Sunday, December 17, 2017
Editorials

City can't give up on new police HQ

St. Petersburg Mayor Bill Foster and the City Council need to get creative in finding more money to build a new police headquarters for a department stuck in a dilapidated building. This is about following through on a promise to taxpayers and meeting a high priority, not building a palace for law enforcement. All options, including a temporary property tax increase, should be on the table.

Foster has scrapped plans long in the making to replace the police department's 60-year-old First Avenue N headquarters with a $64 million, 200,000-square-foot building and parking garage across the street. The Penny for Pinellas sales tax, which was originally supposed to cover $50 million of the cost, would contribute just $32 million because of the slumping economy. That leaves the city another $32 million short, and it already faces a $15 million budget shortfall for the coming year.

Still, the need to move forward for a new headquarters is no less pressing. More than 2,000 officers, civilian employees and volunteers are shoehorned into an outdated 130,000-square-foot building. There is little room to store evidence or question people. Critical forensic evidence such as DNA samples are at risk of being compromised in an unventilated crime lab. In short, the building is a miscarriage of justice waiting to happen.

So the mayor and the council members have to go back to the drawing board. One option that should be ruled out is spending $7 million on delayed repairs to the current building. That is only tossing good money after bad. But giving up entirely is not a solution, and a new police station was the centerpiece of the city's promises to voters in how it would spend Penny for Pinellas money. There have to be better options, including scaling back building plans, postponing construction of the garage and raising more money. With $32 million still in hand, the mayor and City Council ought to be able to come up with a plan that meets today's law enforcement demands and leaves room for future expansion.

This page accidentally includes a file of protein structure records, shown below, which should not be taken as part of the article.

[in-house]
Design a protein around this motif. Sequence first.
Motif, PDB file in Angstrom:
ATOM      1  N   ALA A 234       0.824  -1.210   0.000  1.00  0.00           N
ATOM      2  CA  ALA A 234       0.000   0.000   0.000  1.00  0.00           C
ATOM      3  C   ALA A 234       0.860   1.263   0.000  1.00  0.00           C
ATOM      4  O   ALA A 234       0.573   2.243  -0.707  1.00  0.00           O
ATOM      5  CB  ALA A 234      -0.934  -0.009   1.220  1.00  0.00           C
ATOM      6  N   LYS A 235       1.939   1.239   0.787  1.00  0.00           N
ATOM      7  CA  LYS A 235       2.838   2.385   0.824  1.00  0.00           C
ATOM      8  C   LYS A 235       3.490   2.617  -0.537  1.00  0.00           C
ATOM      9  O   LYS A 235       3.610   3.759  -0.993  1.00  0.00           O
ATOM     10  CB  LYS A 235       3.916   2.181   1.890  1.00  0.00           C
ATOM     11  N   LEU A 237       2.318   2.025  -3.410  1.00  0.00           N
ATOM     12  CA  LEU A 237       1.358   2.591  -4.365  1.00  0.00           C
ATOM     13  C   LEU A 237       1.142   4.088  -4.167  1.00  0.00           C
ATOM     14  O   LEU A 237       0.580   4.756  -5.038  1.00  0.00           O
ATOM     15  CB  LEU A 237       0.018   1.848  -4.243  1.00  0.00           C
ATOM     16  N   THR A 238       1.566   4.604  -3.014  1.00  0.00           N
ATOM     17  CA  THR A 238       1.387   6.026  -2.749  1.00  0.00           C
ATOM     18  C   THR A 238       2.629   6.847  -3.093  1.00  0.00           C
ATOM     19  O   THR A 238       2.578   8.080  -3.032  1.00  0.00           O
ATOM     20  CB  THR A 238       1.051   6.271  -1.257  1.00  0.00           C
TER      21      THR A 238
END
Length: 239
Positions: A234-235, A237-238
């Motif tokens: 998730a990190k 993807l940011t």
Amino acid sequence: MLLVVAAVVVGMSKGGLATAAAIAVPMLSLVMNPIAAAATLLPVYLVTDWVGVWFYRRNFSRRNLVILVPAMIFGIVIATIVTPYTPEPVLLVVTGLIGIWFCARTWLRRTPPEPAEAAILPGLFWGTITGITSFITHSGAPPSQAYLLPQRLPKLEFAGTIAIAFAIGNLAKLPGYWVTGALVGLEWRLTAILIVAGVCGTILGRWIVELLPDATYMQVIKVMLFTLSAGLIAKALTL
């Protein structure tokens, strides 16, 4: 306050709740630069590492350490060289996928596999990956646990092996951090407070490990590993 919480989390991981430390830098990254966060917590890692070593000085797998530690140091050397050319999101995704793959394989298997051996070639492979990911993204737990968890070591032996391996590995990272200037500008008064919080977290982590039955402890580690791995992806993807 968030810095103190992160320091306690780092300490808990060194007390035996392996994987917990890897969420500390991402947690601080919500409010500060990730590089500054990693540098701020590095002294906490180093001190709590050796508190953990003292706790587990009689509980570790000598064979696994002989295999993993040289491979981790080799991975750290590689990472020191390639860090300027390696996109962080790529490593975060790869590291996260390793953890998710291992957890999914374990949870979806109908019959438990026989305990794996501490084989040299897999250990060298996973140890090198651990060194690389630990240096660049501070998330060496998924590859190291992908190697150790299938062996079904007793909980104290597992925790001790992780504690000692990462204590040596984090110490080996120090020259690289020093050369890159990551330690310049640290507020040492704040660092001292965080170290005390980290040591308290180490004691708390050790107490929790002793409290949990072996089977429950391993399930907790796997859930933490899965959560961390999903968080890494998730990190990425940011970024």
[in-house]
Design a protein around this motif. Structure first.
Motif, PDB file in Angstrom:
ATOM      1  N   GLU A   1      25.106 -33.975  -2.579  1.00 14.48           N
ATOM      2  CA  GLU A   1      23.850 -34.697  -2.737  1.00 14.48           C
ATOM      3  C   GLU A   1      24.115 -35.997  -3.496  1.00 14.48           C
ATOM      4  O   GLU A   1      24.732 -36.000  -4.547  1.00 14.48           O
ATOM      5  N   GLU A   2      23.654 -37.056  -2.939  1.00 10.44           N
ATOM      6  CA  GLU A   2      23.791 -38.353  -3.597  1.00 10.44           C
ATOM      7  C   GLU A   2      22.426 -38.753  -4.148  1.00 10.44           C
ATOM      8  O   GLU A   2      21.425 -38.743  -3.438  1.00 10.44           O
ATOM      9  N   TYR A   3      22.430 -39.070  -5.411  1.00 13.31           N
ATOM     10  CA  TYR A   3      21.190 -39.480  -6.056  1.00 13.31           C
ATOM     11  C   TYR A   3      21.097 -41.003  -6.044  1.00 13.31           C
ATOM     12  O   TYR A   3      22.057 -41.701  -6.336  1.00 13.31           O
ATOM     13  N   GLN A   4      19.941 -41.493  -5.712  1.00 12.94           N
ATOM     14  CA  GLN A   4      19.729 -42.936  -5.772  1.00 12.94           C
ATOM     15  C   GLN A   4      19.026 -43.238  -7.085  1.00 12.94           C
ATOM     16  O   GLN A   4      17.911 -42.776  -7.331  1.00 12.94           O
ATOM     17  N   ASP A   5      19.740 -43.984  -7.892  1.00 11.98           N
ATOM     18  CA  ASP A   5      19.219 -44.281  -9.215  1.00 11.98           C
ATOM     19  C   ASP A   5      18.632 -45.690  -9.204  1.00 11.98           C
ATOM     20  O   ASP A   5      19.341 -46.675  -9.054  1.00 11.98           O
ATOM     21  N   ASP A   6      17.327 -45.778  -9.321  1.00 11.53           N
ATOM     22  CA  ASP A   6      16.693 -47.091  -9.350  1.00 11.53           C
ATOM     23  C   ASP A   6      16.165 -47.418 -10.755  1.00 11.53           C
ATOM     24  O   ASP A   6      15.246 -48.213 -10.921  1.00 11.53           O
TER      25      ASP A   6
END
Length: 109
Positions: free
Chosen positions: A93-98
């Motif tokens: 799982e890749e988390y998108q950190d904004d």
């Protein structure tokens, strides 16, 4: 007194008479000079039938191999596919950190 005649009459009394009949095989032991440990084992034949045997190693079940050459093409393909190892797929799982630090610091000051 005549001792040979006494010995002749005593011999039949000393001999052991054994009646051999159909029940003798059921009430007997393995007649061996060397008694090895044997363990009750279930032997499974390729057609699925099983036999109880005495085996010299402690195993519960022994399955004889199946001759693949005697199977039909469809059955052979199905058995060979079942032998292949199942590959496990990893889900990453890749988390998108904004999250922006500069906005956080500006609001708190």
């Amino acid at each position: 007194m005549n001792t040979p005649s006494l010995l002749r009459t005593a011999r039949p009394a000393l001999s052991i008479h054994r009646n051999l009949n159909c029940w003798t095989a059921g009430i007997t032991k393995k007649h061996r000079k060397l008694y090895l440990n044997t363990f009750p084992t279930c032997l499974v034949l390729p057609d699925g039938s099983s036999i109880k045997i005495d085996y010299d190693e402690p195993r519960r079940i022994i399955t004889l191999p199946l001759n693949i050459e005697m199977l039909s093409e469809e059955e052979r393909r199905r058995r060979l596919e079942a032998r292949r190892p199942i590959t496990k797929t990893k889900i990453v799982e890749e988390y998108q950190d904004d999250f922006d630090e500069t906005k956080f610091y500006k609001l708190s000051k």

Foster should look to one his predecessors. In 1999, Mayor David Fischer successfully championed a one-time 50 cent per $1,000 property tax increase to buy and preserve a city treasure, Sunken Gardens. There is still time to ask voters this year to approve a short-term property tax increase to help pay for a new police station, and there may be ways for the city to borrow money.

The mayor had no choice but to acknowledge the city cannot afford a new $64 million police station. But this is a festering problem that previous administrations have failed to address, and now it's in the laps of Foster and the City Council. Further delay and wasting money on the existing building are not viable alternatives. Foster and the City Council should explore all options to raise more money and scale back building plans until the available cash and projected cost match.

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